Corona del Mar State Beach will remain in the hands of Newport Beach lifeguards.

The city had been exploring options to outsource lifesaving services at the 1.2-mile stretch of coastline but announced Thursday that it would drop the idea.

The attempt had drawn ire from local unions and some residents still smarting from other changes to city services, but the decision came down to dollars and cents, according to city officials.

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Out of five organizations that submitted proposals, only two met the basic requirements, according to city staff members.

The two qualified bids came from OC Lifeguards, a private company that oversees about half a dozen beaches in Orange County, and the California Department of Parks and Recreation, but their services would have cost more than what the city currently spends, according to a news release.

"We base every outsourcing consideration on the facts," Mayor Rush Hill said in the release. "We look at our own service level and costs, we ask others to tell us how they would provide the service and at what cost, and we carefully analyze the responses. When our in-house staff can provide the best service most cost-effectively, we keep what we've got."

City Manager Dave Kiff declined to reveal the state and OC Lifeguards' quoted prices. The city spends about $4 million a year on lifeguards at all of its beaches.

Newport Beach's two lifeguard unions pushed hard against the outsourcing idea. The Assn. of Newport Beach Ocean Lifeguards, which represents seasonal guards, started a campaign that included going door to door, handing out hundreds of signs and starting an online petition that garnered more than 1,000 signatures.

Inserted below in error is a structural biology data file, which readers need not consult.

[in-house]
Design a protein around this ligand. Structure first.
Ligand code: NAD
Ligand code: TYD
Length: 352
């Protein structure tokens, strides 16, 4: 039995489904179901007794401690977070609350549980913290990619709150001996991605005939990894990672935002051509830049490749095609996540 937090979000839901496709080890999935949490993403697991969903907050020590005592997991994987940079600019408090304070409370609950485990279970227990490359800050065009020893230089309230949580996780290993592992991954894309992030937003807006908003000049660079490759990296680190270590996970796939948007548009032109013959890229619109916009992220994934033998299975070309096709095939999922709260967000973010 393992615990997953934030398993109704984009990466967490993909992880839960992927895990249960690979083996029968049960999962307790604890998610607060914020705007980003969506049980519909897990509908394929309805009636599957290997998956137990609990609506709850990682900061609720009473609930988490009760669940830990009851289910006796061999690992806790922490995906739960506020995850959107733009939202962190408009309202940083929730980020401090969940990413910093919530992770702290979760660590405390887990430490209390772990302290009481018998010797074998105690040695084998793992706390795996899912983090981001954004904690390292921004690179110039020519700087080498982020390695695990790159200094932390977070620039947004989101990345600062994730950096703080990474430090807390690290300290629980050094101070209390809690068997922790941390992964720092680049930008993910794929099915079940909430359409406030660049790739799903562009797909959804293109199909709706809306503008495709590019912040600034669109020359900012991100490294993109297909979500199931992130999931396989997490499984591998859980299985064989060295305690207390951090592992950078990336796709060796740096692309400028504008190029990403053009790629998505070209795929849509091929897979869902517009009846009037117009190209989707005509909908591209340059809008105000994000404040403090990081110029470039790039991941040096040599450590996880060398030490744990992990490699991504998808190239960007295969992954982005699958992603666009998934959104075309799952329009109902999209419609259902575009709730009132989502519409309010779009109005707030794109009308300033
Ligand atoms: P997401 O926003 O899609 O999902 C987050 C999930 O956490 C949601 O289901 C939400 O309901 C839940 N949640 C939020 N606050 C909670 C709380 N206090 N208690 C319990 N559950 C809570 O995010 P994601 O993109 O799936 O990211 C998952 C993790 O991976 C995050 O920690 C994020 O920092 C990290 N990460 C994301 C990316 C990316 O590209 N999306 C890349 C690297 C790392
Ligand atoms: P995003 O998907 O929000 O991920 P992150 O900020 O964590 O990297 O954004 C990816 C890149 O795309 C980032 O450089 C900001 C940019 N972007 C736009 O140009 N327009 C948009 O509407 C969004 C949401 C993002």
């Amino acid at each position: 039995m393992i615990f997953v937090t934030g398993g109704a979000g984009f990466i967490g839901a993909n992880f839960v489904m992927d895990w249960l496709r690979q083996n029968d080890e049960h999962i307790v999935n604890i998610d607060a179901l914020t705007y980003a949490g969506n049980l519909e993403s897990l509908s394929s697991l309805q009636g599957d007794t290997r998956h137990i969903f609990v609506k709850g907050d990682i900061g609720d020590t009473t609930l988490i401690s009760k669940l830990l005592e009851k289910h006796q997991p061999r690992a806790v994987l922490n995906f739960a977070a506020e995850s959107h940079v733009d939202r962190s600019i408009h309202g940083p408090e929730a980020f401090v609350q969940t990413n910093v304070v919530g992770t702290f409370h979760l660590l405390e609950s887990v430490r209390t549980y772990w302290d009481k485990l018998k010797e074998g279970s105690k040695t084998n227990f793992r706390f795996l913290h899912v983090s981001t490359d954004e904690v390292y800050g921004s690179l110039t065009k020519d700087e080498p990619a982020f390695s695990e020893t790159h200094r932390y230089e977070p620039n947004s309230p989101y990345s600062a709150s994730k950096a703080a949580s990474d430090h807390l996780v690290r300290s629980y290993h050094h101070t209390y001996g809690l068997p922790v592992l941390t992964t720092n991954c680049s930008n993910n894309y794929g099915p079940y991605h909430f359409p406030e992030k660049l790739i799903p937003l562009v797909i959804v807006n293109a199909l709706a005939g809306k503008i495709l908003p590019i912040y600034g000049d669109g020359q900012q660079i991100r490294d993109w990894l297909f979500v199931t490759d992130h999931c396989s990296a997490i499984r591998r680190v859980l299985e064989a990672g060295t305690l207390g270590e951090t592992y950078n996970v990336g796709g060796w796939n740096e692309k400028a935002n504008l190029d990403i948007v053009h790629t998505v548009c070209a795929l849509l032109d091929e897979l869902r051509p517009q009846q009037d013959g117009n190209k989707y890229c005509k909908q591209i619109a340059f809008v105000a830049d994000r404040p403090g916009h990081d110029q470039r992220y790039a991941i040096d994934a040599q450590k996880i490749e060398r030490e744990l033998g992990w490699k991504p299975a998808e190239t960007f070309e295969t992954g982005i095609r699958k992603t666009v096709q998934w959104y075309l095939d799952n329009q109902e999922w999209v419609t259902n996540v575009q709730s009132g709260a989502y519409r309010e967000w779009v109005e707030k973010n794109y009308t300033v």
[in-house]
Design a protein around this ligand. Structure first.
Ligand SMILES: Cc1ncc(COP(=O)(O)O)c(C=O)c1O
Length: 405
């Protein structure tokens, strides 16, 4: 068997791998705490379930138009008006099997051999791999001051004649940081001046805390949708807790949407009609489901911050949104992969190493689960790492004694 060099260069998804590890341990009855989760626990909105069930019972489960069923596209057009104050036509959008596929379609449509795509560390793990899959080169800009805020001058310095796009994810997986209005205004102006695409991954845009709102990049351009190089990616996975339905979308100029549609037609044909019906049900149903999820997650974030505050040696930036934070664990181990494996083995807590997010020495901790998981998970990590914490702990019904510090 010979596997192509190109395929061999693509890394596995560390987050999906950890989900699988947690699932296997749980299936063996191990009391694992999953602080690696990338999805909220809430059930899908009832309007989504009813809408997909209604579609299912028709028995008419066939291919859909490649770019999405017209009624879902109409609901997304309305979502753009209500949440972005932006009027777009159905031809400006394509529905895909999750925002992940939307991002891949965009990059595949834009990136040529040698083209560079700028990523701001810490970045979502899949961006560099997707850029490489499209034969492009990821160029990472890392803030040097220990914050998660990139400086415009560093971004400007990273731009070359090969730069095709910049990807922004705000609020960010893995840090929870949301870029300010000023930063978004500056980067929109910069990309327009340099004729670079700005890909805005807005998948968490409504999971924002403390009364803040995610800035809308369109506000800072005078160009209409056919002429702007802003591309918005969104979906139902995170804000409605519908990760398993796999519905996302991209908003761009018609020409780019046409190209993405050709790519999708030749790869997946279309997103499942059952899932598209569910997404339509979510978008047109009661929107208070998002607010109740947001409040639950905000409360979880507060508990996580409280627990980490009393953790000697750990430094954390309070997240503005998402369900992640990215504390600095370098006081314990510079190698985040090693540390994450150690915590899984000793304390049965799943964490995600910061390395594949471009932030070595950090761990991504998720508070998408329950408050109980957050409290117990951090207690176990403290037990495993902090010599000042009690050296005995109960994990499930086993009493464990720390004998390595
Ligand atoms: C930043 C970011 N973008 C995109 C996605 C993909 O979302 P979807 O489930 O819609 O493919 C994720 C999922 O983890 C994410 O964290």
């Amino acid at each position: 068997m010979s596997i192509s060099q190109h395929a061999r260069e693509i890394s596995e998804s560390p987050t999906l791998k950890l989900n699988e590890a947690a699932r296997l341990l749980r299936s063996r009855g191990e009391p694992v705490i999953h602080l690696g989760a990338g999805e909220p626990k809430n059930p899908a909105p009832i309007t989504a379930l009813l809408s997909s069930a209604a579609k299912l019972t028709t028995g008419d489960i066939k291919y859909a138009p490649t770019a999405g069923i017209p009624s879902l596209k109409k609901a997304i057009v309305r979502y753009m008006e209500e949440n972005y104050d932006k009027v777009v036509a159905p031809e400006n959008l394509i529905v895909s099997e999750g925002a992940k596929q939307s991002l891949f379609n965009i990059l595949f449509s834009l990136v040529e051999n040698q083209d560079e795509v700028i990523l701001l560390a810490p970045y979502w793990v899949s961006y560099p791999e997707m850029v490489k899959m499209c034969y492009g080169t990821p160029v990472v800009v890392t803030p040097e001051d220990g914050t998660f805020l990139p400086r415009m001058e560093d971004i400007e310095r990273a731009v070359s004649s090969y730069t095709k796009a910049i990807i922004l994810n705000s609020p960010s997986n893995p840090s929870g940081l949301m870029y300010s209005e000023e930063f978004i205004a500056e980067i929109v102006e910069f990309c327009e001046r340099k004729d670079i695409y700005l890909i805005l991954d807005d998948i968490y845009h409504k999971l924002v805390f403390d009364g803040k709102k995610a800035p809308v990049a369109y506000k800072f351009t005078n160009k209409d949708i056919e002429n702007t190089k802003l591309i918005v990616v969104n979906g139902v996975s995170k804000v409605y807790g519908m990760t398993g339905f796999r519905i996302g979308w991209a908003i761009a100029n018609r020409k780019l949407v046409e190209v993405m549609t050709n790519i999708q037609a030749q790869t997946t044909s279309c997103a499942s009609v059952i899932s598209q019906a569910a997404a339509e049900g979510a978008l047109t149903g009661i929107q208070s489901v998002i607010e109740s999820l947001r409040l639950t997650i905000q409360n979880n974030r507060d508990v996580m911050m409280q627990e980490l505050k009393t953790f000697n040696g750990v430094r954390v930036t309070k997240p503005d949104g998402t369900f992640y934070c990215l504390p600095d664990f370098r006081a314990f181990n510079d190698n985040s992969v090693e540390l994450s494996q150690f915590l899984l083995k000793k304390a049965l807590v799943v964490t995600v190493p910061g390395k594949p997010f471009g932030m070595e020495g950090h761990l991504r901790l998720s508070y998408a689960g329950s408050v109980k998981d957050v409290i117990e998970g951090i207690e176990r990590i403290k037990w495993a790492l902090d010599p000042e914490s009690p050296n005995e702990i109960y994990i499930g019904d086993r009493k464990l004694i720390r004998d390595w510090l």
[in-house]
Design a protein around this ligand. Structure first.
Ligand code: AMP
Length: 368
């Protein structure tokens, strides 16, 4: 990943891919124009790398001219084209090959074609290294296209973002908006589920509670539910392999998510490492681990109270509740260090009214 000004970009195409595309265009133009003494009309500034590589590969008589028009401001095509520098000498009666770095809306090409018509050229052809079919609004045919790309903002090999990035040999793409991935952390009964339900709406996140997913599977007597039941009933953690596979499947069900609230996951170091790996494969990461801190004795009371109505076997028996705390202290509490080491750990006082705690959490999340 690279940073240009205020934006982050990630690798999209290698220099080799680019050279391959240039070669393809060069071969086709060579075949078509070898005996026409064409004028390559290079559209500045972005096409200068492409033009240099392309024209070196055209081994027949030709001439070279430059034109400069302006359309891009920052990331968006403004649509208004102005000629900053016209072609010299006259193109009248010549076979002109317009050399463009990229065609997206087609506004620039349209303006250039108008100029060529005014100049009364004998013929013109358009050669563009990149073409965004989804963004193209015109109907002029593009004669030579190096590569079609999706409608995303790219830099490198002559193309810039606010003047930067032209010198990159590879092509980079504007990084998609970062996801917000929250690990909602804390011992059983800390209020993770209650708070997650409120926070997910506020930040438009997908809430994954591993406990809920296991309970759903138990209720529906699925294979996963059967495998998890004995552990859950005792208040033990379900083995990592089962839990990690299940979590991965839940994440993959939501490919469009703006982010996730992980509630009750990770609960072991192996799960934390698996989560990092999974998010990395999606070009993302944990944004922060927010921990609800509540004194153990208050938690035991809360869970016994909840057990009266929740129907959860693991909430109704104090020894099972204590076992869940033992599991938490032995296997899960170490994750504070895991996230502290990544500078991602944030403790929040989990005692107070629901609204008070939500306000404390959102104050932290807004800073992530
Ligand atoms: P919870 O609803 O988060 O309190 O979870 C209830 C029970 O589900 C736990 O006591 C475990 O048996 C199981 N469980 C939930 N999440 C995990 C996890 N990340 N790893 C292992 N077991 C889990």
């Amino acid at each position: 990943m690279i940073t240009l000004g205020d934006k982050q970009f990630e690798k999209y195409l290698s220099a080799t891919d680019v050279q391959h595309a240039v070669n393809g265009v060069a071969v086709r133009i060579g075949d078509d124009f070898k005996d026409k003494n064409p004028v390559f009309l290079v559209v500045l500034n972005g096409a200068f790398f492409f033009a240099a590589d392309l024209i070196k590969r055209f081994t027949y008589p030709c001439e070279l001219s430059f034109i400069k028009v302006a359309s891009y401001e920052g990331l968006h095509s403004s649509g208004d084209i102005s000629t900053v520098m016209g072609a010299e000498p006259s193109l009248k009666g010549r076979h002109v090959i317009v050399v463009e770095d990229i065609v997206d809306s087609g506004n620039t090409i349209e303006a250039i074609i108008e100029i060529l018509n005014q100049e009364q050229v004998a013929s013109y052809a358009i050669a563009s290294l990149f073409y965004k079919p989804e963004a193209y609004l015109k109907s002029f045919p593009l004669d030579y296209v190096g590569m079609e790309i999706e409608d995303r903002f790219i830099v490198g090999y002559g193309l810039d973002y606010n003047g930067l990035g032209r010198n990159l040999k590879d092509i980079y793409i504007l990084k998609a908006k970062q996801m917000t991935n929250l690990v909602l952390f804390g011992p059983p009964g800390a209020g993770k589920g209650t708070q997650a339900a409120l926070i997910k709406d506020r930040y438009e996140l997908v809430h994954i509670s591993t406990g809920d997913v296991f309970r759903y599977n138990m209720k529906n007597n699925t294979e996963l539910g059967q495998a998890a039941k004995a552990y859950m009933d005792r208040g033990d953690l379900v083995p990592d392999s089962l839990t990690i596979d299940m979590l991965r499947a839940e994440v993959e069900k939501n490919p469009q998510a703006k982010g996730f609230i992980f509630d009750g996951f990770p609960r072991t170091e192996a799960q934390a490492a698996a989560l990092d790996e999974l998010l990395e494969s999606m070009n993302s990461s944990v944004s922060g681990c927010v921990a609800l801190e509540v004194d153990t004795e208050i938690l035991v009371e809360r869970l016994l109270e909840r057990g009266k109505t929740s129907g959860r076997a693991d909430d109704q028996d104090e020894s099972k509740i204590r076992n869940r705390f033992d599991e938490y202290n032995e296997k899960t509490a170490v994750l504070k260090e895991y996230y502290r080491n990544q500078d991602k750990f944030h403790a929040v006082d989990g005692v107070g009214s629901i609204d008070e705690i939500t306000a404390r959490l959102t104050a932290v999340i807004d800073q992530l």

"I think it's fantastic that the city came to this decision," said Capt. Boyd Mickley, who leads the Lifeguard Management Assn., the union representing Newport Beach's full-time guards. "For me, emotionally through this whole thing, it's been a roller coaster."

According to Mickley, this announcement came just in time to transition smoothly to the lifeguards' busy season. In March, Newport typically holds tryouts for summer beach positions.

"It's finally great to have a close and start planning for the summer," he said.

Newport officials asked for outsourcing proposals late last year in an attempt to cut operational costs.

The move could have also let the city reduce the number of full-time lifeguards through attrition. Some of its 13 full-timers are expected to retire soon.

City officials have been searching for ways to save money as they face a looming pension debt that already costs about $25 million annually and is expected to balloon.

Street cleaning, tree trimming and — most recently in the fall — trash collection have all been outsourced.

"As a result, the city has saved millions of dollars, and city personnel numbers have been reduced by about 100 full-time positions since 2009," Newport's news release stated. "In several cases, services were not outsourced after proposals were analyzed — these include jail operations and now lifeguarding at Corona del Mar."